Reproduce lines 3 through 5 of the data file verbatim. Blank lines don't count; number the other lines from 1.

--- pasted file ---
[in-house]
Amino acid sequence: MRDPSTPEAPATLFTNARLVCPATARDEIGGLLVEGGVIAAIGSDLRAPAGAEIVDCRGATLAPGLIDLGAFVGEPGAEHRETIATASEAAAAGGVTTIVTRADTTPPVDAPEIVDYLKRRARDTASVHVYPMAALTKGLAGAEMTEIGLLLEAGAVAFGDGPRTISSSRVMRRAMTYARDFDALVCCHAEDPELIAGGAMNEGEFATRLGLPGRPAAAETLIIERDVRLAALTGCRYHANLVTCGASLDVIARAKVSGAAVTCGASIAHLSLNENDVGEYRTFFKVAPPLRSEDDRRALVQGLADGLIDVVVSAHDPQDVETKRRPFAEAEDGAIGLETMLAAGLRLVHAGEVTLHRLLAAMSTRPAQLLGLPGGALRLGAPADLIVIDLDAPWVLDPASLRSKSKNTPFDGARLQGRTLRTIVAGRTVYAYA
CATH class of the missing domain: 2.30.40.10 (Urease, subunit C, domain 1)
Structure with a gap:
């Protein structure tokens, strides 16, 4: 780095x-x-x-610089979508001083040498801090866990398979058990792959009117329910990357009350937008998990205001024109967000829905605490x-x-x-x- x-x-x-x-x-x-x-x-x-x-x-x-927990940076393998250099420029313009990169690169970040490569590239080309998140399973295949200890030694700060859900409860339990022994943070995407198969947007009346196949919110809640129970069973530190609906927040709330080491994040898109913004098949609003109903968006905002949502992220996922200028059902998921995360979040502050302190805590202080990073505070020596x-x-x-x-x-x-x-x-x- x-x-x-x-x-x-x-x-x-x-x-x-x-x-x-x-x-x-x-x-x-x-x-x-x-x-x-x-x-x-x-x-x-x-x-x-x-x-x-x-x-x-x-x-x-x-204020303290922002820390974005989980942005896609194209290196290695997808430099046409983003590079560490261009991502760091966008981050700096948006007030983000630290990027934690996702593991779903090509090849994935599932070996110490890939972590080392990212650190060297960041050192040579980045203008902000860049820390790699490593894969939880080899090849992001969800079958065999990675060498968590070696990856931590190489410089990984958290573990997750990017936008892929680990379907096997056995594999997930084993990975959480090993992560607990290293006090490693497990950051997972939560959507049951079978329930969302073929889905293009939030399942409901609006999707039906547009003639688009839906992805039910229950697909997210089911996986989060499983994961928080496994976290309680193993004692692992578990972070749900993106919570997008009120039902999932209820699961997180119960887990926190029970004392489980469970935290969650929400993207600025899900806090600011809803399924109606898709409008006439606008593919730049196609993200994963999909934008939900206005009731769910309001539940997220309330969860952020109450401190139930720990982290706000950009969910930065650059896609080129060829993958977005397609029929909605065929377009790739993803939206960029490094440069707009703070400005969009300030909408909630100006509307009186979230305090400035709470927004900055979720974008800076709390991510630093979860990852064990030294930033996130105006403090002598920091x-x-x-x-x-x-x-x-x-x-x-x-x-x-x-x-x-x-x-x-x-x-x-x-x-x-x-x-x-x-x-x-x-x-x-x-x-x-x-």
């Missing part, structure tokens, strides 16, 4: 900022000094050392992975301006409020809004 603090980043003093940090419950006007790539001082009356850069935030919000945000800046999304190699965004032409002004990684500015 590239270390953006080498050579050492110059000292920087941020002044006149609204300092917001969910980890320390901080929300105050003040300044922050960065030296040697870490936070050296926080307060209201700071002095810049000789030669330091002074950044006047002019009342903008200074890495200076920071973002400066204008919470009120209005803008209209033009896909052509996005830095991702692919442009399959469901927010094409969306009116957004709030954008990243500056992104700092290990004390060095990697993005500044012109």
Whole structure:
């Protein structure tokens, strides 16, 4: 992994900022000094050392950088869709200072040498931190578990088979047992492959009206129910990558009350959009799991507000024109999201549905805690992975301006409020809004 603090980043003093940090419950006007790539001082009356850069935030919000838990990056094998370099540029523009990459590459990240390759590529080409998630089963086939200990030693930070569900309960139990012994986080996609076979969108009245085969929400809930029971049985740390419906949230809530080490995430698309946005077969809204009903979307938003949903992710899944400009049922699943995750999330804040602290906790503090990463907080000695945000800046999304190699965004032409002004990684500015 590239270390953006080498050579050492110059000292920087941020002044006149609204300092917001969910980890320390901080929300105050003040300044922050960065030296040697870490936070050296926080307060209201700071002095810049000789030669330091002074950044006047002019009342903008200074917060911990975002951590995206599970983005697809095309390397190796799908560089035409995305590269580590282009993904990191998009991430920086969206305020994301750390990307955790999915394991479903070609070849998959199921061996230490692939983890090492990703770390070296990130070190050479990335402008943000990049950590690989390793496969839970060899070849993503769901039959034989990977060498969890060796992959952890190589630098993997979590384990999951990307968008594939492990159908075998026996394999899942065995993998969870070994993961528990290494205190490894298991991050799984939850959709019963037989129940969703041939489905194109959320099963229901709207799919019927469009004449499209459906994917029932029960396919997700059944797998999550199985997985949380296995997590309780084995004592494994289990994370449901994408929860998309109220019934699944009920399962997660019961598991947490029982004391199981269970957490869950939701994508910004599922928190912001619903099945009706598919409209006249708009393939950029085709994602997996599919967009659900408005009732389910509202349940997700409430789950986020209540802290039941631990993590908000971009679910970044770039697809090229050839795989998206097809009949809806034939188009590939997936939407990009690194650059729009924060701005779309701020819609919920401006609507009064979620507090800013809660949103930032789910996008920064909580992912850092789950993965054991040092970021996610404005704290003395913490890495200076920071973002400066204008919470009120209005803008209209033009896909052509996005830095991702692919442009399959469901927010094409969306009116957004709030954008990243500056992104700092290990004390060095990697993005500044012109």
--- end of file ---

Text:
CATH class of the missing domain: 2.30.40.10 (Urease, subunit C, domain 1)
Structure with a gap:
């Protein structure tokens, strides 16, 4: 780095x-x-x-610089979508001083040498801090866990398979058990792959009117329910990357009350937008998990205001024109967000829905605490x-x-x-x- x-x-x-x-x-x-x-x-x-x-x-x-927990940076393998250099420029313009990169690169970040490569590239080309998140399973295949200890030694700060859900409860339990022994943070995407198969947007009346196949919110809640129970069973530190609906927040709330080491994040898109913004098949609003109903968006905002949502992220996922200028059902998921995360979040502050302190805590202080990073505070020596x-x-x-x-x-x-x-x-x- x-x-x-x-x-x-x-x-x-x-x-x-x-x-x-x-x-x-x-x-x-x-x-x-x-x-x-x-x-x-x-x-x-x-x-x-x-x-x-x-x-x-x-x-x-x-204020303290922002820390974005989980942005896609194209290196290695997808430099046409983003590079560490261009991502760091966008981050700096948006007030983000630290990027934690996702593991779903090509090849994935599932070996110490890939972590080392990212650190060297960041050192040579980045203008902000860049820390790699490593894969939880080899090849992001969800079958065999990675060498968590070696990856931590190489410089990984958290573990997750990017936008892929680990379907096997056995594999997930084993990975959480090993992560607990290293006090490693497990950051997972939560959507049951079978329930969302073929889905293009939030399942409901609006999707039906547009003639688009839906992805039910229950697909997210089911996986989060499983994961928080496994976290309680193993004692692992578990972070749900993106919570997008009120039902999932209820699961997180119960887990926190029970004392489980469970935290969650929400993207600025899900806090600011809803399924109606898709409008006439606008593919730049196609993200994963999909934008939900206005009731769910309001539940997220309330969860952020109450401190139930720990982290706000950009969910930065650059896609080129060829993958977005397609029929909605065929377009790739993803939206960029490094440069707009703070400005969009300030909408909630100006509307009186979230305090400035709470927004900055979720974008800076709390991510630093979860990852064990030294930033996130105006403090002598920091x-x-x-x-x-x-x-x-x-x-x-x-x-x-x-x-x-x-x-x-x-x-x-x-x-x-x-x-x-x-x-x-x-x-x-x-x-x-x-």